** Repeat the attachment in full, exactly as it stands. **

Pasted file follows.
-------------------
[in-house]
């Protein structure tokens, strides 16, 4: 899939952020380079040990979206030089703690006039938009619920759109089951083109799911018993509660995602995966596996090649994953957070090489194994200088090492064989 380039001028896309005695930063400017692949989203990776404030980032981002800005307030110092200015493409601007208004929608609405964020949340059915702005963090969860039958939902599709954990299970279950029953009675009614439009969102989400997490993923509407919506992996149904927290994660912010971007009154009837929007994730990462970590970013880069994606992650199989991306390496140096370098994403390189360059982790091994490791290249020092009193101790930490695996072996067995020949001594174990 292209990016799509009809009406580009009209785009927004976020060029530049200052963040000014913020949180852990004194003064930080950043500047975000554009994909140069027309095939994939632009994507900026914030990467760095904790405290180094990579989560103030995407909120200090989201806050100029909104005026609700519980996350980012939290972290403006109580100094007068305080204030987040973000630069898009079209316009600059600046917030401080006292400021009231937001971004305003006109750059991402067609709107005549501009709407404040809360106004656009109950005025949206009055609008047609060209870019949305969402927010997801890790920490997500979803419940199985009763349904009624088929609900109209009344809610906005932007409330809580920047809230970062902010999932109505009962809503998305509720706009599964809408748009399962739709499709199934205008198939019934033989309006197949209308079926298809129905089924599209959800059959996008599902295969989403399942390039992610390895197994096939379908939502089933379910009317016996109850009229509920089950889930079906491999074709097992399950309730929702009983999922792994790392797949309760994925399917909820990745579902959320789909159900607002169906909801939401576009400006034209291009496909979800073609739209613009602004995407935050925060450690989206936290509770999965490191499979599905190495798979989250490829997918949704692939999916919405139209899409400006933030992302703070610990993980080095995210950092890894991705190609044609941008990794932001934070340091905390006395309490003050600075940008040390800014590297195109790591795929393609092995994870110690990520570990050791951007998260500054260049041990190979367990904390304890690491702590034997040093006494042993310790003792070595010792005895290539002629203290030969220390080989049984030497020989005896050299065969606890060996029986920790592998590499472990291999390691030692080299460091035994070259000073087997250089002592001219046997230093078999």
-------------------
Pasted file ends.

[in-house]
């Protein structure tokens, strides 16, 4: 899939952020380079040990979206030089703690006039938009619920759109089951083109799911018993509660995602995966596996090649994953957070090489194994200088090492064989 380039001028896309005695930063400017692949989203990776404030980032981002800005307030110092200015493409601007208004929608609405964020949340059915702005963090969860039958939902599709954990299970279950029953009675009614439009969102989400997490993923509407919506992996149904927290994660912010971007009154009837929007994730990462970590970013880069994606992650199989991306390496140096370098994403390189360059982790091994490791290249020092009193101790930490695996072996067995020949001594174990 292209990016799509009809009406580009009209785009927004976020060029530049200052963040000014913020949180852990004194003064930080950043500047975000554009994909140069027309095939994939632009994507900026914030990467760095904790405290180094990579989560103030995407909120200090989201806050100029909104005026609700519980996350980012939290972290403006109580100094007068305080204030987040973000630069898009079209316009600059600046917030401080006292400021009231937001971004305003006109750059991402067609709107005549501009709407404040809360106004656009109950005025949206009055609008047609060209870019949305969402927010997801890790920490997500979803419940199985009763349904009624088929609900109209009344809610906005932007409330809580920047809230970062902010999932109505009962809503998305509720706009599964809408748009399962739709499709199934205008198939019934033989309006197949209308079926298809129905089924599209959800059959996008599902295969989403399942390039992610390895197994096939379908939502089933379910009317016996109850009229509920089950889930079906491999074709097992399950309730929702009983999922792994790392797949309760994925399917909820990745579902959320789909159900607002169906909801939401576009400006034209291009496909979800073609739209613009602004995407935050925060450690989206936290509770999965490191499979599905190495798979989250490829997918949704692939999916919405139209899409400006933030992302703070610990993980080095995210950092890894991705190609044609941008990794932001934070340091905390006395309490003050600075940008040390800014590297195109790591795929393609092995994870110690990520570990050791951007998260500054260049041990190979367990904390304890690491702590034997040093006494042993310790003792070595010792005895290539002629203290030969220390080989049984030497020989005896050299065969606890060996029986920790592998590499472990291999390691030692080299460091035994070259000073087997250089002592001219046997230093078999």